This post is going to be a bit out of the ordinary for me but I read a little about this concept of disease shaming and found it interesting so I thought I would share with you my thoughts about it.
When I went Vegan, my reason was for my health and as touchy and particular we Vegans can be about our health the reality is that a Vegan diet does not 100% guarantee you a life without sickness or disease. (Although it does raise the odds of living a healthier life by a huge percentage)
I learned this week about this thing called “disease shaming”. This was a new concept to me. As I thought about it, I had to admit that I have been guilty of doing this, although never out loud to a person but quietly in my mind thinking this way about a person’s health situation.
Disease shaming is the belief that if a person follows a certain Vegan diet that they are guaranteed a life of good health devoid of disease. So if a Vegan gets sick, under the weather, gets cancer or some other disease, a person thinks that it was brought on by a failure of the person to follow the vegan diet 100%, “they must have cheated” or they ate too many processed foods and therefore they are paying the price now.
Blaming and shaming the person only makes matters worse. this shaming does serve a purpose though to the person shaming the other, it’s a self-defense mechanism that keeps us from facing the truth that we are not invincible and that our diet is not the fountain of youth, that will make us live forever and that no diet can 100% guarantee good health.
So I am going to start reaching out to others in a positive manner, stop the blaming and shaming even if it’s only in my thoughts.
If you are interested in looking deeper, there is a book out called “Even Vegans Die” I have not read this book, but according to the publisher of the book, they address disease shaming and body shaming as well as other health and animal advocacy topics as they relate to Vegans. It’s a play off of Dr. Michael Greger M.D.’s book “How Not To Die” which I have read and highly recommend.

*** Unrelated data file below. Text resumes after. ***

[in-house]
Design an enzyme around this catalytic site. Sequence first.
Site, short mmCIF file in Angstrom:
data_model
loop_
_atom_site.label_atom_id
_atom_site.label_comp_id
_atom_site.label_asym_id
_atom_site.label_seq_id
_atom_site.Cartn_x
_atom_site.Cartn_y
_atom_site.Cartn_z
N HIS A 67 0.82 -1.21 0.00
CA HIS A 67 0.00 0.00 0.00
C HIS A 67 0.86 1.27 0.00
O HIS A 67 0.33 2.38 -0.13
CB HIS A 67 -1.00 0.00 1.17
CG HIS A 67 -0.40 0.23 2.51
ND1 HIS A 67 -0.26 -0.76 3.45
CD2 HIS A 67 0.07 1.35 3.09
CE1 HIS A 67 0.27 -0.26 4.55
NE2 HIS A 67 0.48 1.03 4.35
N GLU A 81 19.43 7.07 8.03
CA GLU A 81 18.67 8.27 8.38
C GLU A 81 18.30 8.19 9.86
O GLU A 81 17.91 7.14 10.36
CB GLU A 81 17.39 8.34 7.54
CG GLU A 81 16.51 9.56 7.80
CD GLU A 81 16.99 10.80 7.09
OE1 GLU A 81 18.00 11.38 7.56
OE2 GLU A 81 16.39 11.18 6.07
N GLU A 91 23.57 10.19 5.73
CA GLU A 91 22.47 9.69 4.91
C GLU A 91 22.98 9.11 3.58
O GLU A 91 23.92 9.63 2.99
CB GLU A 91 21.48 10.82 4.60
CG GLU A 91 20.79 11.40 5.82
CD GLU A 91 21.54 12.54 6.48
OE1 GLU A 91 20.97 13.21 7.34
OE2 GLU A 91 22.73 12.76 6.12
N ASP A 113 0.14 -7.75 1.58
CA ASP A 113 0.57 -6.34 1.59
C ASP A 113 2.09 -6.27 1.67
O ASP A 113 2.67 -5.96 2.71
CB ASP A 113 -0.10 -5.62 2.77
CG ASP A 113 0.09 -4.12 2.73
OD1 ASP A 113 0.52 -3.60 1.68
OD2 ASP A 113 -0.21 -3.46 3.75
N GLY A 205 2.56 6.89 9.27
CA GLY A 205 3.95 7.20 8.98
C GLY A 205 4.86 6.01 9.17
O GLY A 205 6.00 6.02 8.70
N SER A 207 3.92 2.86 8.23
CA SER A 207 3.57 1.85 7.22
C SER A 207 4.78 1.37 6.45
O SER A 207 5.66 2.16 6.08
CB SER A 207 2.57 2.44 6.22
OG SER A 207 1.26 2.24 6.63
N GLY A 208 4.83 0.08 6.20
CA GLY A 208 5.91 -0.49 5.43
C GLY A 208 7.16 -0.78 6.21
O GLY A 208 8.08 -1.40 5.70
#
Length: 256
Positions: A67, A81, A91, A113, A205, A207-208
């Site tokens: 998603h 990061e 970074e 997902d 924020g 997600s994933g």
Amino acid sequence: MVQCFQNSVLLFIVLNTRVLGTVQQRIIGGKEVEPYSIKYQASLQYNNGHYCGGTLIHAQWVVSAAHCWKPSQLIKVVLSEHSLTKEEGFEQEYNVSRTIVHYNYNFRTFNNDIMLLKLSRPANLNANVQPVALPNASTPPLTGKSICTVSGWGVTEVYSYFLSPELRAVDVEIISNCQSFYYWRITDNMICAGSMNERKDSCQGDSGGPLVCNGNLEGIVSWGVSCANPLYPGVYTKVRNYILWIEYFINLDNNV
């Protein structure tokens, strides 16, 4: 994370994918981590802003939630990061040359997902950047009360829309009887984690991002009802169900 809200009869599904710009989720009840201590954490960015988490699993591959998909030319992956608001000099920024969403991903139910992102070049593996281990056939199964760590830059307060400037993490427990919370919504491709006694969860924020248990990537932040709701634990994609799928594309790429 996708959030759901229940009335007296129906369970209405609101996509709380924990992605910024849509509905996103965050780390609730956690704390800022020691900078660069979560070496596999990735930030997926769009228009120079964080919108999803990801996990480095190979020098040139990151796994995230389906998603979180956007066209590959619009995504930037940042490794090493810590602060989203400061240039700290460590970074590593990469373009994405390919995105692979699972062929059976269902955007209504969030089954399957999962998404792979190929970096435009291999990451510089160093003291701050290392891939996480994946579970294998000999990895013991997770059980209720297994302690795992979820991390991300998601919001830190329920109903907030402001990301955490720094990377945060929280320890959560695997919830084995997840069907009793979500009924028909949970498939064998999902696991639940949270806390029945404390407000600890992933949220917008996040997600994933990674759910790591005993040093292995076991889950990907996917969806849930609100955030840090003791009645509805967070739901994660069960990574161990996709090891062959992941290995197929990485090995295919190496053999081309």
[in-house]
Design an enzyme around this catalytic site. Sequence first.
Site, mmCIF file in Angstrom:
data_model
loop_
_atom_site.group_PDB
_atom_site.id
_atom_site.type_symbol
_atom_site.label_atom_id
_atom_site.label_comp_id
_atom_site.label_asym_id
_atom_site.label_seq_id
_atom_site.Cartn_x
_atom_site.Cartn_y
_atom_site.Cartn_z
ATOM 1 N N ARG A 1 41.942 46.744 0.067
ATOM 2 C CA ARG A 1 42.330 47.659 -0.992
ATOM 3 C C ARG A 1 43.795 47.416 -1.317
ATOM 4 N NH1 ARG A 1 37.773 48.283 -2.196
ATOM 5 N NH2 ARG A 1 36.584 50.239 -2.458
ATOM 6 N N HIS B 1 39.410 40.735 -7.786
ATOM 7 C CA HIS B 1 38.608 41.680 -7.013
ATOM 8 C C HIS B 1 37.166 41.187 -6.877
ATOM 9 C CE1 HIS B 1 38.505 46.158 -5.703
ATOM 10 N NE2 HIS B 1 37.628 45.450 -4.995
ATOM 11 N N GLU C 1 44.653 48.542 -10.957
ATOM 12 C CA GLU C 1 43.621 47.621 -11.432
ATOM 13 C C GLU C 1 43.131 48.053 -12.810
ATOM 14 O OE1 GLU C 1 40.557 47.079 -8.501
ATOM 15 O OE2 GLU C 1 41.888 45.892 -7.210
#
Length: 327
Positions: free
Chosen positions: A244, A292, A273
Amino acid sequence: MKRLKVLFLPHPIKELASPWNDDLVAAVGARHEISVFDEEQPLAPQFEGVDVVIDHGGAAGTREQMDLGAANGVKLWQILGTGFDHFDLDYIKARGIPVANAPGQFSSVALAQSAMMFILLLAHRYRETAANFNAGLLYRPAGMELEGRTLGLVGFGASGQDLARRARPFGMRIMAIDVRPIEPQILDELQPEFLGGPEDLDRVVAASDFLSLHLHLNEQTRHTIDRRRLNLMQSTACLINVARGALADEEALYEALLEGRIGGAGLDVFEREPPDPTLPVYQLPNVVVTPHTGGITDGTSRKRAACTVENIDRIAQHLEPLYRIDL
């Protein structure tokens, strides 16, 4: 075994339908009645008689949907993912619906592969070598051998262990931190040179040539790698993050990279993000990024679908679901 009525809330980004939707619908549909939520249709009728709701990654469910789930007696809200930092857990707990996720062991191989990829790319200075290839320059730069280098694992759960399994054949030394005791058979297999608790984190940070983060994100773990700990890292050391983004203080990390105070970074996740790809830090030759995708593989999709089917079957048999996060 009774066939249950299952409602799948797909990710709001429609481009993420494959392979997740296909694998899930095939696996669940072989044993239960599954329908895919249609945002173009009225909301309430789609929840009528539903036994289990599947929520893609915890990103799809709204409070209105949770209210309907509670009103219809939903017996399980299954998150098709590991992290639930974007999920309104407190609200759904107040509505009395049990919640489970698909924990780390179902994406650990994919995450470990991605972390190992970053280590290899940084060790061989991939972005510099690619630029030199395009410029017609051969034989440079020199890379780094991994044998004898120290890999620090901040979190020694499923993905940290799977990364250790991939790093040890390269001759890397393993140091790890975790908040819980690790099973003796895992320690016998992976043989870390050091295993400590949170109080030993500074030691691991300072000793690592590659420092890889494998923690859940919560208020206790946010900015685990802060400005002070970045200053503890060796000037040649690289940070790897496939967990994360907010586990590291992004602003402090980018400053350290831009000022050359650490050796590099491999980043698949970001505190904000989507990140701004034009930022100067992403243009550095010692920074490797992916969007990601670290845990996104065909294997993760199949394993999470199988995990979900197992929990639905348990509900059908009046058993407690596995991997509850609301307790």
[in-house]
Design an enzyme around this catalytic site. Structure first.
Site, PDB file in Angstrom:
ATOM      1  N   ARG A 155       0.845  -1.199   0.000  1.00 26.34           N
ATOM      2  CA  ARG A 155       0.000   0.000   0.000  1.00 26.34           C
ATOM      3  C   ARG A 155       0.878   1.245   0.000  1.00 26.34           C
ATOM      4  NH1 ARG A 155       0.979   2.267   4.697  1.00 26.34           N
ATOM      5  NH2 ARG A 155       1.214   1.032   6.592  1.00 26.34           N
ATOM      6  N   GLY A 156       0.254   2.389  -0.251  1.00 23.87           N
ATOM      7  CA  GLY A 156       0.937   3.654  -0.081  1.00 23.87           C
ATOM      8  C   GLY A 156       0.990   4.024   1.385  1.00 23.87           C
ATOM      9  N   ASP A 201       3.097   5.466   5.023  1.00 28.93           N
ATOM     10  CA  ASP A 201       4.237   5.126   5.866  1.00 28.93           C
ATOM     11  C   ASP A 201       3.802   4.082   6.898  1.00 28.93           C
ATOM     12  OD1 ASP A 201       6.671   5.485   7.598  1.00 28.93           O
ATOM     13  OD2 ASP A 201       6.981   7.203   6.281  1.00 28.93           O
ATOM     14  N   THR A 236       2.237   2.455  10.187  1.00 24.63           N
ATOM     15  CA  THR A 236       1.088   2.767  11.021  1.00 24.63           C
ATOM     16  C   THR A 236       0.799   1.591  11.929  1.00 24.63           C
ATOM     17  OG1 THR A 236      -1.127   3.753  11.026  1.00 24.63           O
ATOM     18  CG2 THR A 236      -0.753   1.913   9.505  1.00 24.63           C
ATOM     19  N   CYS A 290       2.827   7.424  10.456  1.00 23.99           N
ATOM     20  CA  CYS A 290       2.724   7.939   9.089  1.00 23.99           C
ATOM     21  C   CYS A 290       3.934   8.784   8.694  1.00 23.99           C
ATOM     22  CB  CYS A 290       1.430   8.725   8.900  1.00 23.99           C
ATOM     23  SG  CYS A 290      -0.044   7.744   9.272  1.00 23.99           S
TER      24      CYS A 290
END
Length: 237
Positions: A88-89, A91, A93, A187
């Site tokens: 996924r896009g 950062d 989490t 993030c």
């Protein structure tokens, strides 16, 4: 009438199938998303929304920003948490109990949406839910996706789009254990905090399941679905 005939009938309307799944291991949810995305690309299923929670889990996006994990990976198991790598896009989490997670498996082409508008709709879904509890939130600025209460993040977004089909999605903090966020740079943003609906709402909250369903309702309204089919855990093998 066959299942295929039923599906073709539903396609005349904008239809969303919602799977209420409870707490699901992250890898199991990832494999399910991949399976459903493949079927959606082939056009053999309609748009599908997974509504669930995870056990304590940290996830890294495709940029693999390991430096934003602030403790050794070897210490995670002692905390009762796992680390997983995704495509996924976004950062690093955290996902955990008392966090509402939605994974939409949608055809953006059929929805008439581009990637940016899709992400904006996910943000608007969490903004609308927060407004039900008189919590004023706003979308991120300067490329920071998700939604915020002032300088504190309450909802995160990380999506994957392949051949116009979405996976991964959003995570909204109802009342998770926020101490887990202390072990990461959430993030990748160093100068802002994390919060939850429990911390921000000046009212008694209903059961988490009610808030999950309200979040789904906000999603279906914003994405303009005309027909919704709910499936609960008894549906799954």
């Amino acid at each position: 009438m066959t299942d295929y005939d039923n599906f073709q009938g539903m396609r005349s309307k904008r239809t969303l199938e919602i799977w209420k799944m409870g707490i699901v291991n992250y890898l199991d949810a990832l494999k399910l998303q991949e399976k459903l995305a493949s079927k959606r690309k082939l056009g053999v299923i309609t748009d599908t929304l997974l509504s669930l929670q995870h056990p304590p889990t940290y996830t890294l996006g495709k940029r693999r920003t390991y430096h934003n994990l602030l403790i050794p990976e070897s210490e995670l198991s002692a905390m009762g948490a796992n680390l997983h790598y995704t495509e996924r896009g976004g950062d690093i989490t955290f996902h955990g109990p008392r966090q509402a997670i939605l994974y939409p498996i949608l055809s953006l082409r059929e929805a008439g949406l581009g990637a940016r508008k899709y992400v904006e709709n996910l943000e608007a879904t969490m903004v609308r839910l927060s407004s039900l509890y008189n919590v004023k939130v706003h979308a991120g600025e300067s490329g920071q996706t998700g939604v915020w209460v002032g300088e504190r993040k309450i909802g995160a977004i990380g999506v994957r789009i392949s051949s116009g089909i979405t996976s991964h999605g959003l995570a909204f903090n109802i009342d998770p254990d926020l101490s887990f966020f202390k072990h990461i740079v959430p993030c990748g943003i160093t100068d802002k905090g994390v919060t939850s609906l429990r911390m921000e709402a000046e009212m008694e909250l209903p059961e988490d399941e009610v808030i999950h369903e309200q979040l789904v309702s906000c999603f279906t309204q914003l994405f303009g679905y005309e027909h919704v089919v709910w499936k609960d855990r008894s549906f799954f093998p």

Here are comments from the books publisher’s page.
“Even Vegans Die empowers vegans and their loved ones to make the best decisions regarding their own health, their advocacy for animals, and their legacy. By addressing issues of disease shaming and body shaming, the authors present a manifesto for building a more compassionate, diverse, and effective vegan community.
Even Vegans Die celebrates the benefits of a plant-based diet while acknowledging that even vegans can get sick. You will learn how to make the healthcare decisions that are right for you, how to ensure your efforts to help animals will not end after you die, and how to provide compassionate care for yourself and for others in the face of serious illness.
This book offers practical, thoughtful, and sensitive advice on creating a will, mourning, and caregiving. Without shying away from the reality of death, Even Vegans Die offers a message that remains uplifting and hopeful for all animal advocates and all those who care about them.”
Here is a quote from Michael Greger, MD who wrote the foreword to the book.
“Even people who eat a healthy, plant-based diet, can get seriously ill. That’s why this book is needed. Carol, Patti, and Ginny teach us to live wisely while we are still here, not only by eating well but also by caring for ourselves and each other. I want to live well and, if necessary, I want to die well, too. If you do also, then start reading.”—From the foreword by Michael Greger, MD
Thanks for listening,
The Vegan Gourmand